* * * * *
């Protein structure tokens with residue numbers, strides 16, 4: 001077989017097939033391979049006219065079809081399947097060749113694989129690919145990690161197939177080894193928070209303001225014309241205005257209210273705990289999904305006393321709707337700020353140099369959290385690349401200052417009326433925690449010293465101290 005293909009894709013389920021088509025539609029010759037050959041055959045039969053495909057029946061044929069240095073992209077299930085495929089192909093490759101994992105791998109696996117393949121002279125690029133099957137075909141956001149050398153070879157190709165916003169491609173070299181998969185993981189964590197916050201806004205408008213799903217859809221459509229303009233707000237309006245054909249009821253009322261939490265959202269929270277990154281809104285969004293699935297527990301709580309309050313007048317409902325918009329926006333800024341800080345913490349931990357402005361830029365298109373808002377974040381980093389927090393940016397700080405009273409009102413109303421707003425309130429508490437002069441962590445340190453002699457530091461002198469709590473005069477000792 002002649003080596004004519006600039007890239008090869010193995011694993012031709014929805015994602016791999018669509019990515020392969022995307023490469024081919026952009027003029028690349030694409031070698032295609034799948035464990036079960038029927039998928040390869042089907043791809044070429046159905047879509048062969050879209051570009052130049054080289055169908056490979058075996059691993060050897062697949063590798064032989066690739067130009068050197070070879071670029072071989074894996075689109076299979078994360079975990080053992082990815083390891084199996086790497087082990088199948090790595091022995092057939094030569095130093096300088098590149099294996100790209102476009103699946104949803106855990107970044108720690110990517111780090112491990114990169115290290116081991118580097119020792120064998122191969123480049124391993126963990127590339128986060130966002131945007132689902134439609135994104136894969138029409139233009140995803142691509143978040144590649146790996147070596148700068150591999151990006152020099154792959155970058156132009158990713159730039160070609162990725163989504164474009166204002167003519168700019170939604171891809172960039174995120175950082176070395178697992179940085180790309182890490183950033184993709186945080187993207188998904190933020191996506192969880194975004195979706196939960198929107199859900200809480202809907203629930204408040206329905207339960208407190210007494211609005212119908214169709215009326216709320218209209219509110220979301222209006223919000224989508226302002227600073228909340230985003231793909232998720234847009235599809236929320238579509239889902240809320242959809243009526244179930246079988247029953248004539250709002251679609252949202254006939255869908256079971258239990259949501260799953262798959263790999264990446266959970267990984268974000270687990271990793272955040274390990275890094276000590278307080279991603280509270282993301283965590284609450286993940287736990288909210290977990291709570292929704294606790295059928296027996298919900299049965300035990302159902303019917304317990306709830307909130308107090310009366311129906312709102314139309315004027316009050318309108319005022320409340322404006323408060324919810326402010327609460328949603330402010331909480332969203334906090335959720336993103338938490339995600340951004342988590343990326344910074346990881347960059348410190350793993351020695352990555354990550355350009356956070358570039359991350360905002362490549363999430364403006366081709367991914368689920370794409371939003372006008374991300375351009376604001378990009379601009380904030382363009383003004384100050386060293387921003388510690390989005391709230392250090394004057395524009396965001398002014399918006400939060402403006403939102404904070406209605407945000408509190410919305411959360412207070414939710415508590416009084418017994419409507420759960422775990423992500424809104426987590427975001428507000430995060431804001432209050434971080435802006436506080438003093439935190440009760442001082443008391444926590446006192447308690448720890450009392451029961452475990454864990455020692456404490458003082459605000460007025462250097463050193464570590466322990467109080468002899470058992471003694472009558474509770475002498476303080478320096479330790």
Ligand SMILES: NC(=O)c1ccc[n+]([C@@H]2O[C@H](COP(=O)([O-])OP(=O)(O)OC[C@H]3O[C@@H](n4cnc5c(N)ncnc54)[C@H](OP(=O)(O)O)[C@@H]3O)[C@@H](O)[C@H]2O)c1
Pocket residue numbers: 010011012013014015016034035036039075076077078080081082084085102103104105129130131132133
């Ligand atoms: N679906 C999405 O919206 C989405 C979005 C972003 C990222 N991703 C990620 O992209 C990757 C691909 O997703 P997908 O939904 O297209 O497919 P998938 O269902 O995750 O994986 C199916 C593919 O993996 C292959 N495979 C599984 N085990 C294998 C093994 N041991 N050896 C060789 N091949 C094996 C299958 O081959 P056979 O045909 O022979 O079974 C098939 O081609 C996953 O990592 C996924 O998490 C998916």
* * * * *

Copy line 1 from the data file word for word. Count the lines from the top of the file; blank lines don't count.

């Protein structure tokens with residue numbers, strides 16, 4: 001077989017097939033391979049006219065079809081399947097060749113694989129690919145990690161197939177080894193928070209303001225014309241205005257209210273705990289999904305006393321709707337700020353140099369959290385690349401200052417009326433925690449010293465101290 005293909009894709013389920021088509025539609029010759037050959041055959045039969053495909057029946061044929069240095073992209077299930085495929089192909093490759101994992105791998109696996117393949121002279125690029133099957137075909141956001149050398153070879157190709165916003169491609173070299181998969185993981189964590197916050201806004205408008213799903217859809221459509229303009233707000237309006245054909249009821253009322261939490265959202269929270277990154281809104285969004293699935297527990301709580309309050313007048317409902325918009329926006333800024341800080345913490349931990357402005361830029365298109373808002377974040381980093389927090393940016397700080405009273409009102413109303421707003425309130429508490437002069441962590445340190453002699457530091461002198469709590473005069477000792 002002649003080596004004519006600039007890239008090869010193995011694993012031709014929805015994602016791999018669509019990515020392969022995307023490469024081919026952009027003029028690349030694409031070698032295609034799948035464990036079960038029927039998928040390869042089907043791809044070429046159905047879509048062969050879209051570009052130049054080289055169908056490979058075996059691993060050897062697949063590798064032989066690739067130009068050197070070879071670029072071989074894996075689109076299979078994360079975990080053992082990815083390891084199996086790497087082990088199948090790595091022995092057939094030569095130093096300088098590149099294996100790209102476009103699946104949803106855990107970044108720690110990517111780090112491990114990169115290290116081991118580097119020792120064998122191969123480049124391993126963990127590339128986060130966002131945007132689902134439609135994104136894969138029409139233009140995803142691509143978040144590649146790996147070596148700068150591999151990006152020099154792959155970058156132009158990713159730039160070609162990725163989504164474009166204002167003519168700019170939604171891809172960039174995120175950082176070395178697992179940085180790309182890490183950033184993709186945080187993207188998904190933020191996506192969880194975004195979706196939960198929107199859900200809480202809907203629930204408040206329905207339960208407190210007494211609005212119908214169709215009326216709320218209209219509110220979301222209006223919000224989508226302002227600073228909340230985003231793909232998720234847009235599809236929320238579509239889902240809320242959809243009526244179930246079988247029953248004539250709002251679609252949202254006939255869908256079971258239990259949501260799953262798959263790999264990446266959970267990984268974000270687990271990793272955040274390990275890094276000590278307080279991603280509270282993301283965590284609450286993940287736990288909210290977990291709570292929704294606790295059928296027996298919900299049965300035990302159902303019917304317990306709830307909130308107090310009366311129906312709102314139309315004027316009050318309108319005022320409340322404006323408060324919810326402010327609460328949603330402010331909480332969203334906090335959720336993103338938490339995600340951004342988590343990326344910074346990881347960059348410190350793993351020695352990555354990550355350009356956070358570039359991350360905002362490549363999430364403006366081709367991914368689920370794409371939003372006008374991300375351009376604001378990009379601009380904030382363009383003004384100050386060293387921003388510690390989005391709230392250090394004057395524009396965001398002014399918006400939060402403006403939102404904070406209605407945000408509190410919305411959360412207070414939710415508590416009084418017994419409507420759960422775990423992500424809104426987590427975001428507000430995060431804001432209050434971080435802006436506080438003093439935190440009760442001082443008391444926590446006192447308690448720890450009392451029961452475990454864990455020692456404490458003082459605000460007025462250097463050193464570590466322990467109080468002899470058992471003694472009558474509770475002498476303080478320096479330790």